For this edition of Throwback Thursday: Harrison Ford told a funny cannibal joke (that’s right) on the old ‘Late Show with David Letterman.’
Happy Throwback Thursday!
Continuing this week’s dedicated blog posts leading up to the series finale of ‘The Big Bang Theory’ this Thursday night on CBS, it’s time to learn about the man behind the outcast science nerds.
Chuck Lorre, TV’s 66-year-old mega-producer of popular
sitcoms half-hour comedies, including ‘The Big Bang Theory,’ did not have a traditional route to his current position. In actuality, his long and winding path to the executive producer, show creator and showrunner that everyone wants today pivoted on the spur of the moment with a succinct determination that translated into one of the best elevator pitches.
It was an elevator pitch that, unlike a broken elevator in a certain Pasadena apartment complex, worked to help him move on up to the successful side of life.
Kaley Cuoco, Jim Parsons, Johnny Galecki, Simon Helberg, Kunal Nayyar, Melissa Rauch, and Mayim Bialik will be missed as a cast. Together, they delivered in so many ways — comedically as well as with those rare sweet moments like the napkin signed by Leonard Nimoy — that made them and ‘The Big Bang Theory’ must-see TV for 12 years. But we must also give credit to the men and women behind the scenes and cameras on set for creating the fictional world within Pasadena’s science community that millions of people around the world relate to and enjoy.
Chuck Lorre is one of these people.
And his personal story from a struggling musician to a prime time storyteller is not theoretical. It evolved his way, according to the script he was unknowingly writing for himself more than three decades ago.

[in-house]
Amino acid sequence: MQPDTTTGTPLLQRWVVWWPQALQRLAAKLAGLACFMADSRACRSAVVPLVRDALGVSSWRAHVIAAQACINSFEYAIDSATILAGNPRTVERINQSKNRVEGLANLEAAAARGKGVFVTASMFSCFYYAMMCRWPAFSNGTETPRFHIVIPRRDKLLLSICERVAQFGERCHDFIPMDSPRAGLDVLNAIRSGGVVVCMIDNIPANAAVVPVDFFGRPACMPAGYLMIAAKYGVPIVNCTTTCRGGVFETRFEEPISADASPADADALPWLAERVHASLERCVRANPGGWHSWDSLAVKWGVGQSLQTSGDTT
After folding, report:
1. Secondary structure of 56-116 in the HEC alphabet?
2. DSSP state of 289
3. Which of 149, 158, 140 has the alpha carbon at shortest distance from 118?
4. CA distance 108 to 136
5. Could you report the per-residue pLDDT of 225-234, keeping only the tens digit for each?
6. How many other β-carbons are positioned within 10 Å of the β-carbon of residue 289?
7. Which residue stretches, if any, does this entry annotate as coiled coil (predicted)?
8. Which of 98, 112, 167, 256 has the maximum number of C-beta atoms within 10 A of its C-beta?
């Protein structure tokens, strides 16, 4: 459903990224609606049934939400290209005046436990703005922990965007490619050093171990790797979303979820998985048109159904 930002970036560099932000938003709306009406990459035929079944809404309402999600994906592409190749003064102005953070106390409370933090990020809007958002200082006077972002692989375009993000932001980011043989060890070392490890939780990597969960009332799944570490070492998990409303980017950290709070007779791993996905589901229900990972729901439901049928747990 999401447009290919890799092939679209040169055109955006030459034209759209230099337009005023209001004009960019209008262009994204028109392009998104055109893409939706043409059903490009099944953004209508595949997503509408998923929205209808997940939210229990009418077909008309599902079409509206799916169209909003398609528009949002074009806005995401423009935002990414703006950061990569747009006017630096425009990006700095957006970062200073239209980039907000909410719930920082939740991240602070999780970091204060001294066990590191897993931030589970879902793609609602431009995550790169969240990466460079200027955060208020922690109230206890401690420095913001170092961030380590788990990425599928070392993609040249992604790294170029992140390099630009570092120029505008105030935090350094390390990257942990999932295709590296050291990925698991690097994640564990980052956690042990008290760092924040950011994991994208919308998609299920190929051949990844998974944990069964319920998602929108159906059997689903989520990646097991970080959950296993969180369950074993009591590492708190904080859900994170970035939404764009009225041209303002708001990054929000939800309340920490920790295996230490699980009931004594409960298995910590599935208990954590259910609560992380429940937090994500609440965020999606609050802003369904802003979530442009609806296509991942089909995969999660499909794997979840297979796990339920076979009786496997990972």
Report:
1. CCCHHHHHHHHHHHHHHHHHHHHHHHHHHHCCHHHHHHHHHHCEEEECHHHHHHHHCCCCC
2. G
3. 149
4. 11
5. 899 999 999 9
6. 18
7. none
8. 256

This is Thursday.
It’s Thursday and we’re ready to fully speak about the issues we feel most passionate about. We are taking a stand. Whether it’s something profound that will transform society like what Larry David’s TV persona is fighting for in the clip above, or I suppose something else, we need to speak up with clear intent and direction. The free-thinking dynamic encouraged by the pending weekend is rising within us today.
The line (so to speak) running parallel to our workweek persona must be expressed in order to counter and juxtapose utter craziness happening around us all.
This is Wednesday.
Once Wednesday arrives–the middle of the week–we are still trying to hang onto the many formalities associated with the beginning of the workweek. We abide by all the customs and “unwritten” rules of society associated with our individual lives. At the same time, Wednesday is the tipping point of when our minds wander towards the more relaxed, fun-natured anticipation of the pending weekend. Incredibly, we can all pinpoint this feeling, one way or another, relative to ourselves…
with the precision of a steak knife.
P.S. RIP Bob Einstein.